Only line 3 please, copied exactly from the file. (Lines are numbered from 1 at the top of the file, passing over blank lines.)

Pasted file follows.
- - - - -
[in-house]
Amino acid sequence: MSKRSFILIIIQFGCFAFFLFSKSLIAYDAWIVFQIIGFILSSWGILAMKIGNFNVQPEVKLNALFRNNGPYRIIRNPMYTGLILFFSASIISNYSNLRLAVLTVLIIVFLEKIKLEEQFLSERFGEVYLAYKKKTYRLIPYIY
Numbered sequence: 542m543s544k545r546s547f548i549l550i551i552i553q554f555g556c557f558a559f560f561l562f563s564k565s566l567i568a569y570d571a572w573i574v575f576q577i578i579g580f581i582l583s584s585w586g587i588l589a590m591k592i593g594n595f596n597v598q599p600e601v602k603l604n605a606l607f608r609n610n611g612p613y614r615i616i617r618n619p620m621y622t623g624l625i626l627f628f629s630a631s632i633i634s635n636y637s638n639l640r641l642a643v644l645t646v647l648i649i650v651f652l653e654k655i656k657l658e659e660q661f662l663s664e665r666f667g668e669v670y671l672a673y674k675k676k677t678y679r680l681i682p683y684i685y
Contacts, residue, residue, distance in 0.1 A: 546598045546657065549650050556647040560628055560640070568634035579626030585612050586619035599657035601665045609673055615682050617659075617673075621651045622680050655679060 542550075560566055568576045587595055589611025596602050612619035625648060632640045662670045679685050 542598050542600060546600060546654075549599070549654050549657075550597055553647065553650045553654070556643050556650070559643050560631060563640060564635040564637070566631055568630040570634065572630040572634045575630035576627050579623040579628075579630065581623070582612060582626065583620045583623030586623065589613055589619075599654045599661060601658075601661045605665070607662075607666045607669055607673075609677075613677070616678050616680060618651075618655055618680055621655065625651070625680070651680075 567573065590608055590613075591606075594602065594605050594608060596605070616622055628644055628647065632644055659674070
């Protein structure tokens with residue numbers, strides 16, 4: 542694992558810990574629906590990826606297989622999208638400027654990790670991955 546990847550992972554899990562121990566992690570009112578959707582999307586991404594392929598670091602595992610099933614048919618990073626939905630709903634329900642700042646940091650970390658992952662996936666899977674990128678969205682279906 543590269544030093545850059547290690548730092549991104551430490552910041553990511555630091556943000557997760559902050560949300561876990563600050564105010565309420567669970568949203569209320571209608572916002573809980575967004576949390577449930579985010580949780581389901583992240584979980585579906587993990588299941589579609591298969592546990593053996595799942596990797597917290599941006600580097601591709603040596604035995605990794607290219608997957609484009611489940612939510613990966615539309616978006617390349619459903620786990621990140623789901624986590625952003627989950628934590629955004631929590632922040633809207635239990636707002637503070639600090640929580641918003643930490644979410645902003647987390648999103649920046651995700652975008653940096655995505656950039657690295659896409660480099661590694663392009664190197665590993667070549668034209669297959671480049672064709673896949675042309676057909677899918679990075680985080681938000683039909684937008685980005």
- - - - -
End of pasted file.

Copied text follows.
Numbered sequence: 542m543s544k545r546s547f548i549l550i551i552i553q554f555g556c557f558a559f560f561l562f563s564k565s566l567i568a569y570d571a572w573i574v575f576q577i578i579g580f581i582l583s584s585w586g587i588l589a590m591k592i593g594n595f596n597v598q599p600e601v602k603l604n605a606l607f608r609n610n611g612p613y614r615i616i617r618n619p620m621y622t623g624l625i626l627f628f629s630a631s632i633i634s635n636y637s638n639l640r641l642a643v644l645t646v647l648i649i650v651f652l653e654k655i656k657l658e659e660q661f662l663s664e665r666f667g668e669v670y671l672a673y674k675k676k677t678y679r680l681i682p683y684i685y